April 30, 2021

Inside the open banking hype bubble

Valuations in the open banking space are soaring far beyond revenues. We dig into what investors are betting on.

Isabel Woodford

3 min read

Yapily's Stefano Vaccino

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We love to talk about the neobank hype bubble. But there’s another bubble possibly brewing in the open banking sphere, dominated by the likes of Tink, TrueLayer and Plaid.

This is an exciting space, no doubt. These are the companies that are building the so-called “plumbing” of banking, allowing customers to share their bank data with fintech apps and to pay directly from their accounts.

But the price on that excitement is soaring out of control, investors tell Sifted.

European firm TrueLayer's recent funding round valued it at £250-300m, while annual revenues stand at under £5m, three VCs with direct knowledge told Sifted (that's a 60x revenue multiple). TrueLayer declined to comment on the figures. Meanwhile, Plaid’s latest round priced it at around 59x its revenues, according to Forbes.


Tech valuations have long been lofty, with investors pricing in enormous future growth, but that’s seeping into the fintech infrastructure vertical now.

“You’re not wrong,” one executive at Plaid told Sifted, when asked if valuations had gone cuckoo.

Meanwhile, Yapily founder Stefano Vaccino acknowledged that revenue multiples had soared even ahead of top payments companies like Stripe.

The big bet

Vaccino explains that VCs aren’t concerned about monetisation yet: it’s raw opportunity they’re pricing.

“Investors aren’t looking at revenue multipliers, but the size of the market... This is a space that for the next 10 to 15 years will continue to grow, and there is an opportunity to build a company that is $100bn,” he said.

“It’s more important to get into this space, than where [in the startup’s journey] you enter,” he says, drawing reference to the way AWS now dominates cloud infrastructure, with thousands of companies reliant on it.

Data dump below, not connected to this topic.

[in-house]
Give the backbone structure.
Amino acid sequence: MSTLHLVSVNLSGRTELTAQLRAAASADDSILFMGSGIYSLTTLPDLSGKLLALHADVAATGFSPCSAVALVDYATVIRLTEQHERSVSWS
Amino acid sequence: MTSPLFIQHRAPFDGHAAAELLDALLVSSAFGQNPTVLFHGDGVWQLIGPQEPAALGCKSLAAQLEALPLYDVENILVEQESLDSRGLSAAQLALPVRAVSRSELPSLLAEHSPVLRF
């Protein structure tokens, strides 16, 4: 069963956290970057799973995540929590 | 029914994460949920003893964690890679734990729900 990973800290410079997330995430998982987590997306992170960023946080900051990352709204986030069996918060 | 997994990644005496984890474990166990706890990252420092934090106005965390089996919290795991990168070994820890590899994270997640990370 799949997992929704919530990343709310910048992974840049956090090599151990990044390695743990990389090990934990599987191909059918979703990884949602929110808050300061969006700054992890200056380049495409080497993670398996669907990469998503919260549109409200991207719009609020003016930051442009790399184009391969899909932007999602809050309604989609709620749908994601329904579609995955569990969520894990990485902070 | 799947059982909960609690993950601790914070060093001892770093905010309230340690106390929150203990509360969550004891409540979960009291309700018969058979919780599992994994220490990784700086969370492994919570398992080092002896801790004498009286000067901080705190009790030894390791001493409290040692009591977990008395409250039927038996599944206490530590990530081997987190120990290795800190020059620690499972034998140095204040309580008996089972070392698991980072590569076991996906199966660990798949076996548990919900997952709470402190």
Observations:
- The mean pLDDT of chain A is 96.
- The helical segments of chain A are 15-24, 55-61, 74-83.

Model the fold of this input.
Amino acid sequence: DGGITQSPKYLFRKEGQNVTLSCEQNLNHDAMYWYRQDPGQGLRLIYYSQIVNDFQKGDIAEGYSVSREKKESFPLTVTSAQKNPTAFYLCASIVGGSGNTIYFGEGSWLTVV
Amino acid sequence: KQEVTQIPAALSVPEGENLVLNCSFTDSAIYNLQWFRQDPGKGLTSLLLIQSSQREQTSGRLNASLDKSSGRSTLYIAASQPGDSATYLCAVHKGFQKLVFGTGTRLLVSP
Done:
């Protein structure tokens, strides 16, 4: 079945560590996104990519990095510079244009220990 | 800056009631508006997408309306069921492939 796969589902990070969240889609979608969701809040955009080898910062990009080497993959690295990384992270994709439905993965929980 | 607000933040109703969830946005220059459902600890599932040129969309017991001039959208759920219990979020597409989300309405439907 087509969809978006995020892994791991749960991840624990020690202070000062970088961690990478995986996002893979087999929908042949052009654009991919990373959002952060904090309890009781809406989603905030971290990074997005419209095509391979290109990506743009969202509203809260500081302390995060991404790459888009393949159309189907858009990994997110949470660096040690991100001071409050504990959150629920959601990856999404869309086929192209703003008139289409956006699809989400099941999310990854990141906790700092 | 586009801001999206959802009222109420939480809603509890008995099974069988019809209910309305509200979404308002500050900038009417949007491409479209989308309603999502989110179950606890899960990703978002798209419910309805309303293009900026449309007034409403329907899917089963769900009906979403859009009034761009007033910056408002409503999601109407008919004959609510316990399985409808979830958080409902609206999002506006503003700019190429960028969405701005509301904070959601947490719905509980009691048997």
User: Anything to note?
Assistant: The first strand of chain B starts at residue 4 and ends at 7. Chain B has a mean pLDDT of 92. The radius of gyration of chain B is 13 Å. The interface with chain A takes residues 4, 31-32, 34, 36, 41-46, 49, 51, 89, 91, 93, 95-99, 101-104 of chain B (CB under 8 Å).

But interestingly, the ‘market’ being chased is changing. Open banking startups have quietly moved away from being 'account aggregators' into 'payments companies'.

“You cannot really sell access to data... so they’ve abandoned account data as a concept,” says Rolands Mesters, who runs Nordigen, which is working on a free API to link accounts (and then sell products on top).

Open banking payment rails are slowly being adopted worldwide, and could undercut cards, making this the central race.

Europe's open banking top players

Two theses

Within payments, there are two competing models: infrastructure and productisation.

The first model includes Yapily, which is doubling down on perfecting its infrastructure to power other payment applications, whether that’s a Stripe or a GoCardless (which just launched its open banking product).

“I don’t see any product company as a threat, I see them all as potential partners... I am sure they will become a partner in the future,” Vaccino says.


The other model includes TrueLayer, which is building the payments application itself.

It’s a very sellable product, by all accounts. Yet Mesters says these companies will eventually have to go up against giants like Mastercard, who he predicts will soon undercut smaller players “because they want to have control".

A spokesperson for GoCardless also argued that pure payments companies that enter open banking could squeeze newcomers.

"Payments is our core competency — now we're just strategically adding new technologies as they mature. I'd argue it's much easier to do that (and to futureproof your business) than to harness your business model on one technology and then find use cases later on," she told Sifted.

Hiroki Takeuchi, cofounder and CEO of GoCardless, added: "Essentially we're giving merchants more choice in how they collect payments, and providing a low-cost alternative to cards. We've always been "rail-agnostic" and we remain open to the idea of adding new technologies to our platform down the line — so long as we believe they help businesses get paid more easily, reliably and at a lower cost."

One thing is clear — Europe looks set to create both high-flyer winners in this category as well as some big casualties. Stay tuned.